Before you think I’ve completely lost my marbles, or conclude that Derby folk make a habit of inflicting taxidermy upon exiled European monarchs, let me reassure you that the King of Rome is a racing pigeon. Deceased, obviously, otherwise the RSPCA would have something to say regarding his incarceration in a museum showcase.

And not just any racing pigeon. I mean, this guy’s a record breaker who found his most famous exploit celebrated in song.

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Even setting aside matters of gastronomy, man and pigeon have been in a longstanding relationship. A record exists from around 1200BC of messenger pigeons being used in ancient Egypt to enable cities to communicate with one another about Nile River floodwaters. More than a millennium later they were passing messages through the Greek and Roman worlds, and pigeon racing is known to have taken place as long ago as the third century AD.

File:The-King-Of-Rome.jpg

PHOTO CREDIT: Derby Museum and Art Gallery [CC BY-SA (https://creativecommons.org/licenses/by-sa/3.0)%5D Picture by & © Andy Mabbett, CC by-sa 3.0

Modern European pigeon racing began in Belgium in the 1850s, from where it spread to Britain. The first formal pigeon race in the UK took place in 1881, and five years later King Leopold II of the Belgians presented racing pigeons to Queen Victoria as a gift. To this day the monarch retains a royal pigeon loft at her Sandringham estate in Norfolk.

In the early 20th century poor working men in some areas of the UK took up pigeon racing. For them the sport became a means of escape, personal exploration and self-expression at a time when working class lives were hard. Selectively breeding pigeons to increase their chances, then rearing and caring for them to ensure they were in top condition on race days, became an all-consuming passion for the sport’s devotees.

It’s now that our hero, and his owner – one Charlie Hudson – steps on to the stage. Charlie lived on Brook Street, in a poor area of Derby known as the West End. His interest in pigeon racing is said to have begun in 1904, and in 1913 he showed the world that he’d produced a champion.

In 1913 Charlie entered his best bird into a race from Rome to Derby, a colossal distance of 1,611km (1,001 miles). It won, and in so doing set a new long-distance record for an English racing pigeon, while over one thousand other birds competing in the race perished on the journey home.

The winning bird became famous in pigeon racing circles. When it died in 1946 after a long and celebrated life, Charlie presented the corpse to Derby Museum to be stuffed for posterity and the common good.

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Charlie Hudson died in 1958. Three decades later the story of this simple working class hero and his indomitable bird caught the imagination of Derbyshire folk singer-songwriter Dave Sudbury. “The King of Rome” tells the story of the race, and, more importantly perhaps, shows how pigeon racing allowed Charlie to escape the confines of his birth and upbringing. Through the medium of Dave Sudbury’s song, Charlie says:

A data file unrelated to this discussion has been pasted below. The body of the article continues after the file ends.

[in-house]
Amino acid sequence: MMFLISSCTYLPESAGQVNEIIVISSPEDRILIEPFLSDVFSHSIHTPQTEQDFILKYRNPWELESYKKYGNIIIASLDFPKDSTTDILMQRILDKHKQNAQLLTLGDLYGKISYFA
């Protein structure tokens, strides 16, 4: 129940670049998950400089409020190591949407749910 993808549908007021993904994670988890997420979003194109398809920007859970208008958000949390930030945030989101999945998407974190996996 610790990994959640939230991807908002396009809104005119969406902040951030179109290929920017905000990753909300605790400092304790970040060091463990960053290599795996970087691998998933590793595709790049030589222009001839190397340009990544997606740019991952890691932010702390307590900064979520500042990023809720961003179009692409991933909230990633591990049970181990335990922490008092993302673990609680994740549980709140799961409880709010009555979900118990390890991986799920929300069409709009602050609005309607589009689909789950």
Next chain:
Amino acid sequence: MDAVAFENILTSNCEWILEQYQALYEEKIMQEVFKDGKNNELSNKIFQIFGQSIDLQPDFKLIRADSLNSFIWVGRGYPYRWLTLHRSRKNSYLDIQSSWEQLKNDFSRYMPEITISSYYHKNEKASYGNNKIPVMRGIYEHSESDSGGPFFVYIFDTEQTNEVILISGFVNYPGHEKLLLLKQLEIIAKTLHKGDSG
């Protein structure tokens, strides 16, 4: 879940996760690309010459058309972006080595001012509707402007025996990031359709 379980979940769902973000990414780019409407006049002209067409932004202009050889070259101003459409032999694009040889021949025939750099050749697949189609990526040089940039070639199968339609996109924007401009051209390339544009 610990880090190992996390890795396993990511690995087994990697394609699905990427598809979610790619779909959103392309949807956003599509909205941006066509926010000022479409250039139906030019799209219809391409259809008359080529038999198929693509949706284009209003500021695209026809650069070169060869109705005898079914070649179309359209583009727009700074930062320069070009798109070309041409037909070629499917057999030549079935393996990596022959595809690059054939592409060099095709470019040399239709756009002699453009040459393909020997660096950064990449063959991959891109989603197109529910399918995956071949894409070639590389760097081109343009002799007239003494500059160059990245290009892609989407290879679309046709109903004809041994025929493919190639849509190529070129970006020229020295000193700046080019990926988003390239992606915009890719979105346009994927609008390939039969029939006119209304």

… “I can’t fly but my pigeons can.
And when I set them free,
It’s just like part of me
Gets lifted up on shining wings.”

Excerpt from The King of Rome, © Dave Sudbury

The song, which has since become a classic in the folk world, was initially made famous by the brilliant June Tabor on her 1988 album Aqaba. You can hear her version on YouTube by clicking here. The complete lyrics are here.

Countless others have recorded the King of Rome. Dave Sudbury’s original version of the song is also available on YouTube: raw, authentic and very moving.

However my favourite of them all is sung by the incomparable Lucy Ward. Lucy’s a Derby girl, so it seems only appropriate that she should sing about another great character from that city. Click here to listen and watch her singing the song live and unaccompanied at Jurassic Folk, Seaton, East Devon, England in 2012.

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In 2013 the 100th anniversary of the great race was celebrated in a 45 minutes-long radio drama, demonstrating that the story continues to capture imaginations. Dreams really can come true.

What a pity, therefore, that Derby Museum makes so little out of this heart-warming tale. True, it displays the stuffed King in a neat little showcase, while a small adjacent card describes the bird’s achievement and mentions the folk song in a few meagre sentences.

But the story, as Dave Sudbury so ably captures, is much bigger than that. It offers a way into the social history of Derby, in particular the inadequately told history of working class leisure pursuits in the 20th century. Surely these are the stories that English regional museums should be telling, rather than cluttering up their galleries with superfluous penguins?